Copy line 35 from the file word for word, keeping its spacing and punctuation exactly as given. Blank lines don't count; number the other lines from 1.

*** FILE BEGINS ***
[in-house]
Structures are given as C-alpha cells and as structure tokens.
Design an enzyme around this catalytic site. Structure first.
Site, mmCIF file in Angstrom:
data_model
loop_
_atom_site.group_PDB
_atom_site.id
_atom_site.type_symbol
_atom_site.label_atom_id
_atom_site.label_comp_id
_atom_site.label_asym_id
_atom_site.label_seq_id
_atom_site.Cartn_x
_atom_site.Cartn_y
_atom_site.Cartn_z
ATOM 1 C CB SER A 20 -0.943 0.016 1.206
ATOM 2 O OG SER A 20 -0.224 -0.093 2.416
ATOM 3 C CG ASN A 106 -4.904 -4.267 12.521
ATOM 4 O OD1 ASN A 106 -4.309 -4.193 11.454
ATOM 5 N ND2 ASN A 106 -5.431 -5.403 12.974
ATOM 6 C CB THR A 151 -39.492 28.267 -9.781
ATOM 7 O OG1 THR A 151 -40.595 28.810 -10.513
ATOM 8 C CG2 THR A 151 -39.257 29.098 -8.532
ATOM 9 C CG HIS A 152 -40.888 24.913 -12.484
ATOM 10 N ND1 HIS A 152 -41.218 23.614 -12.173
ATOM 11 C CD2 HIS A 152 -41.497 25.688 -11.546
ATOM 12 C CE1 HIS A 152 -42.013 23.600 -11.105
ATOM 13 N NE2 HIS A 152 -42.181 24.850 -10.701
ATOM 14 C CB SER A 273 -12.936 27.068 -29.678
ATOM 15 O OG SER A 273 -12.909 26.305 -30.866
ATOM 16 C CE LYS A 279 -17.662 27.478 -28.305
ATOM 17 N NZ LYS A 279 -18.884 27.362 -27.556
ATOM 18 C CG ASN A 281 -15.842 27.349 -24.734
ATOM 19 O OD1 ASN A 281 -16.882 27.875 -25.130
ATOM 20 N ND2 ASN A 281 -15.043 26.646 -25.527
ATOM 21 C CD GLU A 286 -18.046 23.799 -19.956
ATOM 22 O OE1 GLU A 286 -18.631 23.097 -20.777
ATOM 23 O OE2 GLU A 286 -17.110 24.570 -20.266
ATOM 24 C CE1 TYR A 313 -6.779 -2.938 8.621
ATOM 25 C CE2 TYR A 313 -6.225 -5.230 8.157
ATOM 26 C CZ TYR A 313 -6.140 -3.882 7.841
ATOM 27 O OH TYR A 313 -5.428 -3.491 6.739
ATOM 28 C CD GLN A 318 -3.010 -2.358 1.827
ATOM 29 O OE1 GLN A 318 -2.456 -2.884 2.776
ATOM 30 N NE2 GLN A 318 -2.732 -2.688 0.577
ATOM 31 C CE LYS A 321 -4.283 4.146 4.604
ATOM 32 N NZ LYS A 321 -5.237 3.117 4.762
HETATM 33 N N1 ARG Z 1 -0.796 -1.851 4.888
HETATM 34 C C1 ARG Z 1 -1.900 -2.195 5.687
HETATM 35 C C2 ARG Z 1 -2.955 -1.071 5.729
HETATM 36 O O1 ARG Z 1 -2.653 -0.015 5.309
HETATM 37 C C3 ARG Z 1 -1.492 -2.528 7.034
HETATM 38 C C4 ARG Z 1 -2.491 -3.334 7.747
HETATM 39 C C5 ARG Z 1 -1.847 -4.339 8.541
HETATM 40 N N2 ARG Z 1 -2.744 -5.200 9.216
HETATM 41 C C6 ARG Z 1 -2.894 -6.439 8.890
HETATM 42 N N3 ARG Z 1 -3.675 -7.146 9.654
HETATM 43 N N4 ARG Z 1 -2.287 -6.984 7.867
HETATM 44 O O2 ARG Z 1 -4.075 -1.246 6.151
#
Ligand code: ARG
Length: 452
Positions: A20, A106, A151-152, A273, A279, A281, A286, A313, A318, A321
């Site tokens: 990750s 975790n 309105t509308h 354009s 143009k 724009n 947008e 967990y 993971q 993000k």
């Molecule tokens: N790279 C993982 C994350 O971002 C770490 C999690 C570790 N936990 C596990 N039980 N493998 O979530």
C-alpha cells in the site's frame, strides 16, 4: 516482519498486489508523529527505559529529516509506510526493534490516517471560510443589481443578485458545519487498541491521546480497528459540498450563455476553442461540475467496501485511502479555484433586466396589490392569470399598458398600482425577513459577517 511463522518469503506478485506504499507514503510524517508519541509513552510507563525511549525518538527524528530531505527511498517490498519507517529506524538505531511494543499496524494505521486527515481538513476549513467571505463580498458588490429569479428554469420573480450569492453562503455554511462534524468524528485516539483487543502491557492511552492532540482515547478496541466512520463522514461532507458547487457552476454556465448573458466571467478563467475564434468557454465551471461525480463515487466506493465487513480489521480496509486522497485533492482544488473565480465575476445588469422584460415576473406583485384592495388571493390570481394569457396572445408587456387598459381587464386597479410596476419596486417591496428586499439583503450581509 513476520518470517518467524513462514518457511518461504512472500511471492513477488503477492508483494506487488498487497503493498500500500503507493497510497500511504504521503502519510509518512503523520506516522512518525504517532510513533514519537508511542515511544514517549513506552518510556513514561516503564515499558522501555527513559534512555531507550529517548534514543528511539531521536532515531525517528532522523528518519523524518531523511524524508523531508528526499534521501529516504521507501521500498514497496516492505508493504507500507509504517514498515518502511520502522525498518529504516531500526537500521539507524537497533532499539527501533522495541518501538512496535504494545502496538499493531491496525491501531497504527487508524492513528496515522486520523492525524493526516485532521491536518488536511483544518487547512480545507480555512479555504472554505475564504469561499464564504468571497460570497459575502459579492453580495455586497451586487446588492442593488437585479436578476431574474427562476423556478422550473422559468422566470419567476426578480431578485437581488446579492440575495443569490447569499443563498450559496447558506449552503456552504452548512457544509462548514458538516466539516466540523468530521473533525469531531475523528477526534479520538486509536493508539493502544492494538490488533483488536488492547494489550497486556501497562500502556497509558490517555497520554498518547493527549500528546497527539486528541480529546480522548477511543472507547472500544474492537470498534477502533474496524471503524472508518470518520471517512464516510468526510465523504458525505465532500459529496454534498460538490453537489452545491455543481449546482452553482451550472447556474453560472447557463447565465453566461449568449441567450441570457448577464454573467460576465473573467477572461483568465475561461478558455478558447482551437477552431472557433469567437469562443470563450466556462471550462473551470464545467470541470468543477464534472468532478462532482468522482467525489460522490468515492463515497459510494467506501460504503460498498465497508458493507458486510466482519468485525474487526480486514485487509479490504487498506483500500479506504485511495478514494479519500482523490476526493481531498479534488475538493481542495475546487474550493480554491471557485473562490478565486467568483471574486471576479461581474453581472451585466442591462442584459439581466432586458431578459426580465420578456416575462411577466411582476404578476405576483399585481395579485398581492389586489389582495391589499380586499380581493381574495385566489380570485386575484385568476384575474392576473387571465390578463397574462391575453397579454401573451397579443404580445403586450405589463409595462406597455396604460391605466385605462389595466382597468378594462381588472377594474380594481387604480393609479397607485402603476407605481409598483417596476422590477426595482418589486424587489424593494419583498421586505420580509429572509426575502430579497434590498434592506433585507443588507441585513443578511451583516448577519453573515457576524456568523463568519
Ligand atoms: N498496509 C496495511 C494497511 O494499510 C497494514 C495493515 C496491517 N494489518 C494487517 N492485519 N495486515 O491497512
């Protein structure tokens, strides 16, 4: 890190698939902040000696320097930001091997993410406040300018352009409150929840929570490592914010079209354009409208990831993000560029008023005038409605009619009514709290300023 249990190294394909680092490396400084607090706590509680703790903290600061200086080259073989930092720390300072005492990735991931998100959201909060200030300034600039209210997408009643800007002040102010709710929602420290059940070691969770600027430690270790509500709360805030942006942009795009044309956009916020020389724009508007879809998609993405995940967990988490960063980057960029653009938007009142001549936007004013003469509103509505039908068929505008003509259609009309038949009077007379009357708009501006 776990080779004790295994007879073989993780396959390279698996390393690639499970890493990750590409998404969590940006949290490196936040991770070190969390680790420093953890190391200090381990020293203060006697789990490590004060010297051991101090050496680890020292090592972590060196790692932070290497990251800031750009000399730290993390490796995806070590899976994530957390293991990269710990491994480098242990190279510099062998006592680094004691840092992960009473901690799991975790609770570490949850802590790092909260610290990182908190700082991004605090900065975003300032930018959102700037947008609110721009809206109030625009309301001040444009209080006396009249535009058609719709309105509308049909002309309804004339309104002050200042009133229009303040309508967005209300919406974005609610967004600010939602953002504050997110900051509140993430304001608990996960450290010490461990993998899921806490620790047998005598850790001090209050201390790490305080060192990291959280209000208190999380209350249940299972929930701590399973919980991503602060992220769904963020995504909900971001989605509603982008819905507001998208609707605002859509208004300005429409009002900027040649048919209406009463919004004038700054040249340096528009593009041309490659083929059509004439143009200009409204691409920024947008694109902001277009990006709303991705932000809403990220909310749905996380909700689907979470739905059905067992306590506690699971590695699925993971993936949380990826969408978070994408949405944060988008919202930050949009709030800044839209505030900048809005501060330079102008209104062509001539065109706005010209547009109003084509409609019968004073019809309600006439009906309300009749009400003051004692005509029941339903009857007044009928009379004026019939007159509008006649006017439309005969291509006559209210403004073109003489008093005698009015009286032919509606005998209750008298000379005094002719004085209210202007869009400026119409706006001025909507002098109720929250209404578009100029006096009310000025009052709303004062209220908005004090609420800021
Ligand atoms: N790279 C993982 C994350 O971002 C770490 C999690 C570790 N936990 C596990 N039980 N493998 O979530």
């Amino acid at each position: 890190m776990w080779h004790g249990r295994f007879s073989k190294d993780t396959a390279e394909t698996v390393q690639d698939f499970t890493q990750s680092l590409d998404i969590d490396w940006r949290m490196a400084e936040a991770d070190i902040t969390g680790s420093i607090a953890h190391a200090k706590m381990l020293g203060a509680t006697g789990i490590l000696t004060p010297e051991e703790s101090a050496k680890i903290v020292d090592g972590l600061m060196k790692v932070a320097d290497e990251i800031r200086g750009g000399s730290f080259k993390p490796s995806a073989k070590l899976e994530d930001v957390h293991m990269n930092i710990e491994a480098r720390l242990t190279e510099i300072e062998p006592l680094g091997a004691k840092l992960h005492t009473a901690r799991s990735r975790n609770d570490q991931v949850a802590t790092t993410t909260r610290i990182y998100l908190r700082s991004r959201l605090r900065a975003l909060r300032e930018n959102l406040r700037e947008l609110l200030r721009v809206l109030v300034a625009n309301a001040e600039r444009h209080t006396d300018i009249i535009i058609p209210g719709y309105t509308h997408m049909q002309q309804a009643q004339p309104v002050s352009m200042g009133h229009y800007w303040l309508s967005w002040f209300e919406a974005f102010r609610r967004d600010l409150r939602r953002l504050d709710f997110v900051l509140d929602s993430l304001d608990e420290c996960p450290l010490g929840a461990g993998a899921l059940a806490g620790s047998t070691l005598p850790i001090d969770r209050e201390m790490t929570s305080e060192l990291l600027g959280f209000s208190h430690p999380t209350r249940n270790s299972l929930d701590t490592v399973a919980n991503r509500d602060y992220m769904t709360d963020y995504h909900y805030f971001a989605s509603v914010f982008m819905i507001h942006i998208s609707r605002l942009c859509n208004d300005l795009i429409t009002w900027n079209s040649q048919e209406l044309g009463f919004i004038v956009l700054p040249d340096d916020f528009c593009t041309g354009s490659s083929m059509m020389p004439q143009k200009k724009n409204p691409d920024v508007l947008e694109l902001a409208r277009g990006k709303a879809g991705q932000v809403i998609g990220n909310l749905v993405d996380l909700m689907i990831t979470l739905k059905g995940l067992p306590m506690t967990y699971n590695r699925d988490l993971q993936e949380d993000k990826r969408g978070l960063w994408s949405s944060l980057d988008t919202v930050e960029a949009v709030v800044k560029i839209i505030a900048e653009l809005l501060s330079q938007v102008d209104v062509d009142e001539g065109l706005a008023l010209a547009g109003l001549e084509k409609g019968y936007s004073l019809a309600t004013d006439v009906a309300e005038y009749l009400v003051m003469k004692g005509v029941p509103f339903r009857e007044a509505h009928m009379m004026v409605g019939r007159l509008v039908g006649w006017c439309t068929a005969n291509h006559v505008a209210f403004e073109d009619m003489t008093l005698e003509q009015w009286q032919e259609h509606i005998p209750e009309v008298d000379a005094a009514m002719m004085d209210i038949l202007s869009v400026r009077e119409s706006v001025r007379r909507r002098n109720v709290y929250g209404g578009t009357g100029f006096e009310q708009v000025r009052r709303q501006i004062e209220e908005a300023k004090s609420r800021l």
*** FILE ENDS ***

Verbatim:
ATOM 19 O OD1 ASN A 281 -16.882 27.875 -25.130